The lowest part of a structure is generally referred to as foundation.
To transfer load of the superstructure to the soil on which it is
A properly designed foundation is one that transfers the structural load
throughout the soil without overstressing of soil which can result in
either excessive settlement or shear failure,
both of which can damage the structure.
A shallow foundation is a type of foundation which transfers building
loads to the earth very near the surface, rather than to a subsurface
layer or a range of depths as does a deep foundation.
Shallow foundations include
• spread footing foundations,
• mat-slab foundations,
• slab-on-grade foundations,
• pad foundations,
• rubble trench foundations,
• earth bag foundations.
– Suitable soil bearing capacity
– Undisturbed soil or engineered fill
Basic types or configurations
– Column footings
– Wall or strip footings
Combined Rectangular Footing
Combined Trapezoidal Footing
Spread footing foundation
Spread footing foundations, or simply footings, consists of strips or
pads of concrete (or other materials) which transfer the loads from
walls and columns to the soil or bedrock.
Embedment of spread footings is controlled by several factors,
including development of lateral capacity, penetration of soft nearsurface layers, and penetration through near-surface layers likely to
change volume due to frost heave or shrink-swell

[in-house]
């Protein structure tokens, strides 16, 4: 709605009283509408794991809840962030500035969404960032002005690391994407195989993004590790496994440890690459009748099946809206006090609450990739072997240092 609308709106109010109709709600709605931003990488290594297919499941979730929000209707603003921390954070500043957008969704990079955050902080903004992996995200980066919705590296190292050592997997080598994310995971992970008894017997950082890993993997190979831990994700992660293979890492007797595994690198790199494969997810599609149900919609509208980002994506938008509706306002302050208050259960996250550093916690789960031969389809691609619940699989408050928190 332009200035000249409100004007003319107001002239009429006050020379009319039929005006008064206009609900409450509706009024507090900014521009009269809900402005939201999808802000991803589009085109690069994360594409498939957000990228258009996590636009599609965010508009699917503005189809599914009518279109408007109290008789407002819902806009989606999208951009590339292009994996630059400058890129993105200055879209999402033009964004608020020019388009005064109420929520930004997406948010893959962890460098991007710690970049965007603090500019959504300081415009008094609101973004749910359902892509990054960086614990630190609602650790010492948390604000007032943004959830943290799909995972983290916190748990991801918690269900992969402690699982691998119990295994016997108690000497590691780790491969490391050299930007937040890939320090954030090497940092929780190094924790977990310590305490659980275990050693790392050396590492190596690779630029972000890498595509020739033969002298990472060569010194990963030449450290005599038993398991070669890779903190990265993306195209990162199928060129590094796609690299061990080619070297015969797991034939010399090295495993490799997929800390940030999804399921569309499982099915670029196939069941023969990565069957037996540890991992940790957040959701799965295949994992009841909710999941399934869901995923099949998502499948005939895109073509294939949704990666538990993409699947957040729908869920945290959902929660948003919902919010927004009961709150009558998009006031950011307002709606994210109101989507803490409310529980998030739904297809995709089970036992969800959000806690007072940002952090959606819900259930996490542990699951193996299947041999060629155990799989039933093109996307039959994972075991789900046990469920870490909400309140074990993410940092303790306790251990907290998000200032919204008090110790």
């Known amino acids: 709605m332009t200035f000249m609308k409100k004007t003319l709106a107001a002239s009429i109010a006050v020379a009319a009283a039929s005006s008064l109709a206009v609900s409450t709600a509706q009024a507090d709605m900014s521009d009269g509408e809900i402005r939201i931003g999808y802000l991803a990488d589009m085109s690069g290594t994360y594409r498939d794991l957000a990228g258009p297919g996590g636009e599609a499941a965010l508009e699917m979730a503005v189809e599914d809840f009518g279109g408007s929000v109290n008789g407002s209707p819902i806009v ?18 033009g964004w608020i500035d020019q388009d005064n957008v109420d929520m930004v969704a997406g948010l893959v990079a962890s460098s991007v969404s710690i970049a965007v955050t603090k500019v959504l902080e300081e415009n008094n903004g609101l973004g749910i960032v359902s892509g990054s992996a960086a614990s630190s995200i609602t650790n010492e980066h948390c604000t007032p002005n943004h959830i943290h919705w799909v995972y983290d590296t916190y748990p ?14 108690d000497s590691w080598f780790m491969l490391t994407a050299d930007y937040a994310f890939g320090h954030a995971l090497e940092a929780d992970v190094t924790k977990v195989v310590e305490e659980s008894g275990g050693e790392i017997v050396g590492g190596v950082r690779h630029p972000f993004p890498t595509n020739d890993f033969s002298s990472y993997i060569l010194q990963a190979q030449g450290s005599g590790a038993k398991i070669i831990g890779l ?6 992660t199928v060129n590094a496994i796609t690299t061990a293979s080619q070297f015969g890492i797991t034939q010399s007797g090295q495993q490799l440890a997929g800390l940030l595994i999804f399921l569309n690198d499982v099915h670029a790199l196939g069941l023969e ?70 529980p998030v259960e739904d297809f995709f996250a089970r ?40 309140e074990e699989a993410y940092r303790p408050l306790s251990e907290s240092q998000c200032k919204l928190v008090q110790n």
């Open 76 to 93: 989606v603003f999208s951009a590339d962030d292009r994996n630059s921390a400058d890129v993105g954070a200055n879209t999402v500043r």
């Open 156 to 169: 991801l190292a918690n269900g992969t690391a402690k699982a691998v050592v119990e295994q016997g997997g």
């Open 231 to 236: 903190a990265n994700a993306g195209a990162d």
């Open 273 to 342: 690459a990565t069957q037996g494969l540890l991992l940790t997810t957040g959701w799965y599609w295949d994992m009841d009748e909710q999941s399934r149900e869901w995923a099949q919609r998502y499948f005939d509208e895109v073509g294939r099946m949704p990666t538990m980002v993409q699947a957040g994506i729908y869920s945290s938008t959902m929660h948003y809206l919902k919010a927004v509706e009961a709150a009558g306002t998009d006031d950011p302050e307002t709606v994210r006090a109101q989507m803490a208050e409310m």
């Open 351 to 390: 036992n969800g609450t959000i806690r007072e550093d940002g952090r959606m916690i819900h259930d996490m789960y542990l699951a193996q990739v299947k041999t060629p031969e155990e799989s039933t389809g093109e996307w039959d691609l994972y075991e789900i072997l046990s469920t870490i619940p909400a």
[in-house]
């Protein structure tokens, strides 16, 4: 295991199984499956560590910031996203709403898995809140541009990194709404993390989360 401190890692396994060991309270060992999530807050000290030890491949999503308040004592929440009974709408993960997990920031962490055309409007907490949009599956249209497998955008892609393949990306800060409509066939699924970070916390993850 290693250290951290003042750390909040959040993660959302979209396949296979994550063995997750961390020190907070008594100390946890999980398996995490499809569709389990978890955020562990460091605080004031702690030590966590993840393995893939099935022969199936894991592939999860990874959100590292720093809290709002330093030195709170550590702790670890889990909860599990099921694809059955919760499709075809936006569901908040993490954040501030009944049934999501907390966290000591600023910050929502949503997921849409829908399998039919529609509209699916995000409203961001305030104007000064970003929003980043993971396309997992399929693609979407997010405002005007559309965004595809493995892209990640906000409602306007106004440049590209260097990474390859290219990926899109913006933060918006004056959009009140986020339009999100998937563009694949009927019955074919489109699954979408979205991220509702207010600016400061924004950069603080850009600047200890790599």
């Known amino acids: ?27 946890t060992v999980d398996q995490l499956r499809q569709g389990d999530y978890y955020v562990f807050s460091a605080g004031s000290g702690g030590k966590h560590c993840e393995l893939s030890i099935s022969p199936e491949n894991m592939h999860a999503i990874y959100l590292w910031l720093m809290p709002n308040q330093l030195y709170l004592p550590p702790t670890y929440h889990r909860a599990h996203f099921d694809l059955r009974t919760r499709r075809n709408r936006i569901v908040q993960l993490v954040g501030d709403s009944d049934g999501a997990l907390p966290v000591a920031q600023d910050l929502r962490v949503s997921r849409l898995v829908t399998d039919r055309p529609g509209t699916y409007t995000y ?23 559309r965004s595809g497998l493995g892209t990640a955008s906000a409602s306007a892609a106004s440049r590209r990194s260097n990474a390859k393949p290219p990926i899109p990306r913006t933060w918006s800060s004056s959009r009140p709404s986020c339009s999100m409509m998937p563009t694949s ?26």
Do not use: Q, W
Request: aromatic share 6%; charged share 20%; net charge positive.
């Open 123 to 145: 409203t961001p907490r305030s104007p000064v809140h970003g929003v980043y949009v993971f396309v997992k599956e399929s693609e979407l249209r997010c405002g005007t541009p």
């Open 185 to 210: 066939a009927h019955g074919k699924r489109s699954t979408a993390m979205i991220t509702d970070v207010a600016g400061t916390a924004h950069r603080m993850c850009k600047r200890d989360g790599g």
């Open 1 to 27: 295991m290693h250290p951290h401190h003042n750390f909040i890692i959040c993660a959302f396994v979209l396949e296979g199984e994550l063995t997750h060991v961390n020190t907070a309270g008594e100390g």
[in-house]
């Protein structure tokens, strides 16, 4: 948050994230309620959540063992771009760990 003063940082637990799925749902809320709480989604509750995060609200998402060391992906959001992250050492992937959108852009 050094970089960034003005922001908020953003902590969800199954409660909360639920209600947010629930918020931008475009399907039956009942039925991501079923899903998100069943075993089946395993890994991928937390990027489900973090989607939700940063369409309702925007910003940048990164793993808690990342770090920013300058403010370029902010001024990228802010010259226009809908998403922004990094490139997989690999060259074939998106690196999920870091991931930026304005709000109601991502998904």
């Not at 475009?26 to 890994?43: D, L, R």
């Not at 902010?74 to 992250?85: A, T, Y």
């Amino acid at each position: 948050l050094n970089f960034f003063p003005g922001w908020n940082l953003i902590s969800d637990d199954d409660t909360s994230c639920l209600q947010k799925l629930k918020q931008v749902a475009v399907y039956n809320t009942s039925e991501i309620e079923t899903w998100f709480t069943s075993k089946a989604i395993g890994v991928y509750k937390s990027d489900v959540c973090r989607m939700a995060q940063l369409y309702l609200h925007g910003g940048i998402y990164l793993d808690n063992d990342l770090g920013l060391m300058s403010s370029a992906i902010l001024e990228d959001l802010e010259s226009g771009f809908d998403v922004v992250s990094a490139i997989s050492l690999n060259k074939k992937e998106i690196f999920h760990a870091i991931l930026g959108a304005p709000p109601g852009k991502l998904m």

These foundations are common in residential construction that includes
a basement, and in many commercial structures. But for high rise
building it is not sufficient.
Mat-slab foundations are used to distribute heavy column and wall
loads across the entire building area, to lower the contact pressure
compared to conventional spread footings.
Mat-slab foundations can be constructed near the ground surface,
or at the bottom of basements. In high-rise buildings, mat-slab
foundations can be several meters thick, with extensive
reinforcing to ensure relatively uniform load transfer.
• Slab-on-grade foundations are
commonly used in areas with
expansive clay soil, particularly in
California and Texas
• While elevated structural slabs
actually perform better on expansive
clays, it is generally accepted by the
engineering community that slab-ongrade foundations offer the greatest
cost-to-performance ratio for tract
• Elevated structural slabs are generally
only found on custom homes or homes
Raft slab house foundation
Rubble Trench foundation
• The rubble trench foundation, a
construction approach popularized by
architect Frank Lloyd Wright, is a type of
foundation that uses loose stone or rubble
to minimize the use of concrete and
• It is considered more environmentally
friendly than other types of foundation
because cement manufacturing requires
the use of enormous amounts of energy.
• However, some soil environments (such as
particularly expansive or poor load-bearing
(< 1 ton/so) soils) are not suitable for this
kind of foundation.
Earth bag foundation
• The basic construction method begins by digging a trench down to
undisturbed mineral subsoil.
• Rows of woven bags (or tubes) are filled with available material,
placed into this trench, compacted with a pounder to around 1/3
thickness of pre-pounded thickness, and form a foundation.
• Each successive layer will have one or more strands of barbed wire
placed on top.
• This digs into the bag's weave and prevents slippage of subsequent
layers, and also resists any tendency for the outward expansion of
• The next row of bags is offset by half a bag's width to form a
• These are either pre-filled with material and delivered, or filled in
place (often the case with Super adobe).
• The weight of this earth-filled bag pushes down on the barbed wire
strands, locking the bag in place on the row below.